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Abolition Democracies Seminar

The term “abolition democracy” was introduced by sociologist and civil rights activist W.E.B. Du Bois in 1935 in his major work Black Reconstruction. One of his basic ideas was that mere formal emancipation from slavery is not enough, but must be accompanied by a fundamental political and economic reconfiguration of the entire society that made slavery possible. Similar perspectives were already developed in many anti-colonial liberation struggles, for example in the Caribbean: Mere release from colonial rule is not enough if it does not also imply a more fundamental economic and political justice. 
Various theorists and political initiatives have subsequently taken up the notion of abolition democracy to recall the unfulfilled aspirations and demands associated with these movements. Fueled by the international Black Lives Matter protests, over the past decade abolitionism has established itself as a comprehensive approach to critical theory and as a current of radical political practice, particularly in North America but also internationally. This movement is underpinned by a similar double perspective that Du Bois already formulated: on the one hand, abolitionist theories scandalize the racist background of mass incarceration and police violence; on the other hand, these institutions should not simply be eliminated while leaving social background conditions intact, but replaced by other institutions of social, political, and cultural participation, such as infrastructures of care and venues for political self-government. The seemingly utopian goal remains the gradual abolition of carceral institutions altogether.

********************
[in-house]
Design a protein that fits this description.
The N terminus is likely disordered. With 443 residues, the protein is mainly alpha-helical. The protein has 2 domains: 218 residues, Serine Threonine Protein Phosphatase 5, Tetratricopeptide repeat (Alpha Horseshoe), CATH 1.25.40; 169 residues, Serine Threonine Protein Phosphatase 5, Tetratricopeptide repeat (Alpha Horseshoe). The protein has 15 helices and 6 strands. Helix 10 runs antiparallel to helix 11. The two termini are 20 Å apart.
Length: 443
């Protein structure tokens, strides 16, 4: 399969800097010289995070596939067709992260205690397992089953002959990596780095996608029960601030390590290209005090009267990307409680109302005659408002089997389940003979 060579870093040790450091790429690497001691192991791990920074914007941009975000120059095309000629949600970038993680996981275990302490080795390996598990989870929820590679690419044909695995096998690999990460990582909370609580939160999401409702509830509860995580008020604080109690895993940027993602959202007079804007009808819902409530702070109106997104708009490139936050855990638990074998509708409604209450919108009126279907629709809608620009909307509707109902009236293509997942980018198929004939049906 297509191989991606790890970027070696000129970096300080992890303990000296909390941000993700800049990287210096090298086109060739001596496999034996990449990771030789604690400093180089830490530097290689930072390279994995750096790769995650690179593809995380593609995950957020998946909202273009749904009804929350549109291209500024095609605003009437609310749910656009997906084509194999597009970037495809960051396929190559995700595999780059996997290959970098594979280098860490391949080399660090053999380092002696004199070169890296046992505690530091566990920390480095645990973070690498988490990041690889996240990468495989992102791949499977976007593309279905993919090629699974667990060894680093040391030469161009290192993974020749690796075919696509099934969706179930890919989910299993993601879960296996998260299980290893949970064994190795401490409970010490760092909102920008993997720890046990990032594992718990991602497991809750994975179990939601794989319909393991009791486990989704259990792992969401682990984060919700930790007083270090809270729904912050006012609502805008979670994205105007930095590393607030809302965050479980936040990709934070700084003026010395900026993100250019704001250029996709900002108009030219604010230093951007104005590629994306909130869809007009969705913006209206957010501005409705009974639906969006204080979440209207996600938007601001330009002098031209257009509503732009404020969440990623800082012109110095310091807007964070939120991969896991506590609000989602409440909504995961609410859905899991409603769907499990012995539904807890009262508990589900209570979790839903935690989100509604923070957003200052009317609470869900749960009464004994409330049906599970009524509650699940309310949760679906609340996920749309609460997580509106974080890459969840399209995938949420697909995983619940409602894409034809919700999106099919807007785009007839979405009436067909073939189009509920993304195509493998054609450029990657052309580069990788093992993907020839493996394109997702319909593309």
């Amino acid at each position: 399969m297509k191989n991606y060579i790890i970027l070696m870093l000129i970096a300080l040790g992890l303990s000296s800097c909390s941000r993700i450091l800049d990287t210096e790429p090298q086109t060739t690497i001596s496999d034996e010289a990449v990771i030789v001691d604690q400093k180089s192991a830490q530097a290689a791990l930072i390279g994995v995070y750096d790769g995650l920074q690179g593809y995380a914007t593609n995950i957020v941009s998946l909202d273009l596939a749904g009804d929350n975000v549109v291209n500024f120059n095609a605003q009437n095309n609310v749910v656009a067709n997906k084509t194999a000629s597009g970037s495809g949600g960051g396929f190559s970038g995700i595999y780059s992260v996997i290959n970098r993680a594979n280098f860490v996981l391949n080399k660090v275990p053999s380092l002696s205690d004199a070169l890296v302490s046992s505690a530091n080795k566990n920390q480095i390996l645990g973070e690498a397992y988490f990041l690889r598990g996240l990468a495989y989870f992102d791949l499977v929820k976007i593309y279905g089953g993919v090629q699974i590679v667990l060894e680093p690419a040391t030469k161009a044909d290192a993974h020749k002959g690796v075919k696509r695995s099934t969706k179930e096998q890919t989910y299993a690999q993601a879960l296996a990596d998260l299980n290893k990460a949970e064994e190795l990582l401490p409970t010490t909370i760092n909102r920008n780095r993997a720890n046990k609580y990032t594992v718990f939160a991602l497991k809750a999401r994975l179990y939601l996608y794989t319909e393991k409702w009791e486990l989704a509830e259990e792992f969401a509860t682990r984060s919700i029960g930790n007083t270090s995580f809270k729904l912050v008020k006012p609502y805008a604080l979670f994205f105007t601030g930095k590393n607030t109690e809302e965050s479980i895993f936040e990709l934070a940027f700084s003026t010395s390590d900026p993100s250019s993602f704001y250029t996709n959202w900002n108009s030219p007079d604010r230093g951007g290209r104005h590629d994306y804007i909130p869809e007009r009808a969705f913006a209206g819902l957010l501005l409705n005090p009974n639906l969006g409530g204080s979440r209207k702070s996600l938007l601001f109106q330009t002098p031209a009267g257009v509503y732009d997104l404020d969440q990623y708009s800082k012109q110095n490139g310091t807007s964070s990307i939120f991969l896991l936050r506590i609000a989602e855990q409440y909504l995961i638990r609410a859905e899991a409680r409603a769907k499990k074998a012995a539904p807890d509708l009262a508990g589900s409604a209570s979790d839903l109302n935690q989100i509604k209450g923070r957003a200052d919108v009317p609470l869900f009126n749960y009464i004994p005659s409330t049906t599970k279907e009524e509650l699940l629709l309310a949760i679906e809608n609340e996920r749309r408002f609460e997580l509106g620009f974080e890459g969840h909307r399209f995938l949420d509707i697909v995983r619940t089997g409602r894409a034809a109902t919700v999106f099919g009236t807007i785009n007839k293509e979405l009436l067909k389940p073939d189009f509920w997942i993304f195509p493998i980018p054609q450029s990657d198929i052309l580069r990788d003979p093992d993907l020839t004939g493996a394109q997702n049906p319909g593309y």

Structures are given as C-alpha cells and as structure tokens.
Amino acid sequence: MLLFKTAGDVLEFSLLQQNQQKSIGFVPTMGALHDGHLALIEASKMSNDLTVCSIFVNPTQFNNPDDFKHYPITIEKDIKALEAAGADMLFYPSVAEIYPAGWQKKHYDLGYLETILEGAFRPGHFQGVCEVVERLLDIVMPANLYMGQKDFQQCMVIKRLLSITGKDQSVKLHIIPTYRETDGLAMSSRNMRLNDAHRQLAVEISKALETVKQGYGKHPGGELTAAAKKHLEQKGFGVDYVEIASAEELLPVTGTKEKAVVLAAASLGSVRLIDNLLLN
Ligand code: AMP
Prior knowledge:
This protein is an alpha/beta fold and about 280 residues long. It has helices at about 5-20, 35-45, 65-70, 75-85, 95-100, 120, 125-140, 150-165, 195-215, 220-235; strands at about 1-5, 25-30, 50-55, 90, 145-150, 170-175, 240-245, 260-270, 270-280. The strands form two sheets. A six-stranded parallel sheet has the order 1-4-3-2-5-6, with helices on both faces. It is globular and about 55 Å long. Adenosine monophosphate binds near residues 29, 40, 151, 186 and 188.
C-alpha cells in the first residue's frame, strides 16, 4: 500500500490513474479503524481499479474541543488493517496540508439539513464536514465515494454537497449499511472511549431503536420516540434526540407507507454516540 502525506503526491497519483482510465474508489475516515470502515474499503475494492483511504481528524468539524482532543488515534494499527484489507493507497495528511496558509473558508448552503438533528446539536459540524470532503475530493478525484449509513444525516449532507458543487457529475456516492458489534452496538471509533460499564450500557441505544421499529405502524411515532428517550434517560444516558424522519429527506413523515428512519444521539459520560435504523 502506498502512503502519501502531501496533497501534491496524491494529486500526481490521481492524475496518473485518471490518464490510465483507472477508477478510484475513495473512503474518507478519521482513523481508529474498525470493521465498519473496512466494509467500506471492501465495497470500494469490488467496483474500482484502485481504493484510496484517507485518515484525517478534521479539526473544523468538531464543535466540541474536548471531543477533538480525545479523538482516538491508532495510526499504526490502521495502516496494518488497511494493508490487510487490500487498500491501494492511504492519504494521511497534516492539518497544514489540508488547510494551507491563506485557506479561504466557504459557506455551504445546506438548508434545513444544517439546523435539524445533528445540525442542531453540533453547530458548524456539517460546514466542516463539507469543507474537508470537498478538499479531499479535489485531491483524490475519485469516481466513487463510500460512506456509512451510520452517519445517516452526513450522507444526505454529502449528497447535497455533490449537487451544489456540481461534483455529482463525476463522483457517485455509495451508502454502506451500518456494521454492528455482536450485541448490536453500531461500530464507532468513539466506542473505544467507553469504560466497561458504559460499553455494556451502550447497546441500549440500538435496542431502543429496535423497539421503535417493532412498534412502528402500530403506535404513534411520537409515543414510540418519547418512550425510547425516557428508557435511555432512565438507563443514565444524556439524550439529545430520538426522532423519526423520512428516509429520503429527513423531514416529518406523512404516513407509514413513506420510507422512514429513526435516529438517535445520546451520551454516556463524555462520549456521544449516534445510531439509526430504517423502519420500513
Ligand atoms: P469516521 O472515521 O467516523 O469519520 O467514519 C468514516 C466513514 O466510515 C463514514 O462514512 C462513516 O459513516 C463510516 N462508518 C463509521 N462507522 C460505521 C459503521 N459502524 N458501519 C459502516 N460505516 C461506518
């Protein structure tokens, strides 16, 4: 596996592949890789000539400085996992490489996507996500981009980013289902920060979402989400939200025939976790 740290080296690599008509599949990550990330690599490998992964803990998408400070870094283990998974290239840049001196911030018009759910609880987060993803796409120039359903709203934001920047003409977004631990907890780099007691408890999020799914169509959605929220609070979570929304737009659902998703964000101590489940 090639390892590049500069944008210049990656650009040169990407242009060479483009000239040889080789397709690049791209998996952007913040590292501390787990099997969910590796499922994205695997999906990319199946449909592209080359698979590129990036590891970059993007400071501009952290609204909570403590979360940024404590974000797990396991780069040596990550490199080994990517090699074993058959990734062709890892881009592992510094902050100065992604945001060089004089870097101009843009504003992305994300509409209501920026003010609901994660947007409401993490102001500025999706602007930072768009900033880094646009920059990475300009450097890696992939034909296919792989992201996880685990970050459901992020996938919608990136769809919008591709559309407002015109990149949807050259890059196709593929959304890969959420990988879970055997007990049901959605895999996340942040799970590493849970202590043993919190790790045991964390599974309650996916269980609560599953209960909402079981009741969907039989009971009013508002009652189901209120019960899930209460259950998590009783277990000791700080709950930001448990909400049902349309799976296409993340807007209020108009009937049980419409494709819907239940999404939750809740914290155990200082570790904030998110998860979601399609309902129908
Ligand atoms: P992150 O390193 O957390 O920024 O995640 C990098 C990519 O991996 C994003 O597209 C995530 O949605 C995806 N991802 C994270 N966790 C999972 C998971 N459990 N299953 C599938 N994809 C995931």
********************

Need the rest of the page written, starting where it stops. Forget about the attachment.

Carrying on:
In this research colloquium, we will a.) read together and discuss contemporary literature in abolitionism, b.) present our own current research on abolitionist topics, c.) invite international guests to present their research, especially to facilitate an interdisciplinary and international dialogue. The reading list and schedule will be decided together by the members of the seminar. If you want to participate, please send an email to Daniel Loick: d.loick@uva.nl. It is strongly encouraged that you participate for the entire semester rather than individual sessions. The seminar will take place every two weeks Tuesdays, 6-8 pm.

Program 2023-2024

5th October - Policing

  • Brogden - Emergence of the Police - The Colonial Dimension
  • Downes and Van Swaaningen - The Road to Dystopia? Changes in the Penal Climate of the Netherlands
  • Neocleous - Policing the System of Needs: Hegel, Political Economy and the Police of the Market
  • Mariame Kaba - Yes, We Mean Literally Abolish the Police (or can also be found in We Do This 'Til We Free Us)

8th November - Surplus Populations

  • Karl Marx, "The progressive production of a relative surplus population or industrial reserve army", in Capital vol 1, pp. 781-794
  • Ruth Wilson Gilmore, "Crisis and Surplus", "The Four Surpluses", in Golden Gulag, pp. 54-86
  • Joshua Clover, "Surplus Rebellions", in Riot. Strike. Riot, pp. 153-174
  • Ian Shaw, Marv Waterstone, „A Planet of Surplus Life: Building Worlds Beyond Capitalism“, in: Antipode Vol. 53, No. 6 (2021), S. 1787-1806
  • Neferti X M. Tediar, "A Global Enterprise: Waste", in Remaindered Life, pp. 23-48

6th December - Decolonial Perspectives on Abolition

  • Aimé Césaire, "Discourse on Colonialism," in Discourse on Colonialism ; A Poetics of Anticolonialism. New York: Monthly Review Press, 2000.
  • Achille Mbembe, "Disenclosure" in Out of the Dark Night: Essays on Decolonization (New York: Colombia University Press, 2021): 42-89.
  • Samer Abdelnour, “What Decolonizing Is Not,” Management 4 (2022): 81–82.
  • Amade M'charek, "Harraga: Burning Borders, Navigating Colonialism," The Social Review 68 (2020): 418-434.
  • Vanessa Thompson, "From the Black Mediterranean to Liberation," Geographica Helvetica 78 (2023): 99-104.

January (TBC)  - Event with Special Guest

All sessions will be hybrid. A meeting will take place in the PC Hoofthuis 2.14, 1700-2000. A zoom link will also be provided. If you are interested in receiving the texts and the zoom link, send an email do d.loick@uva.nl.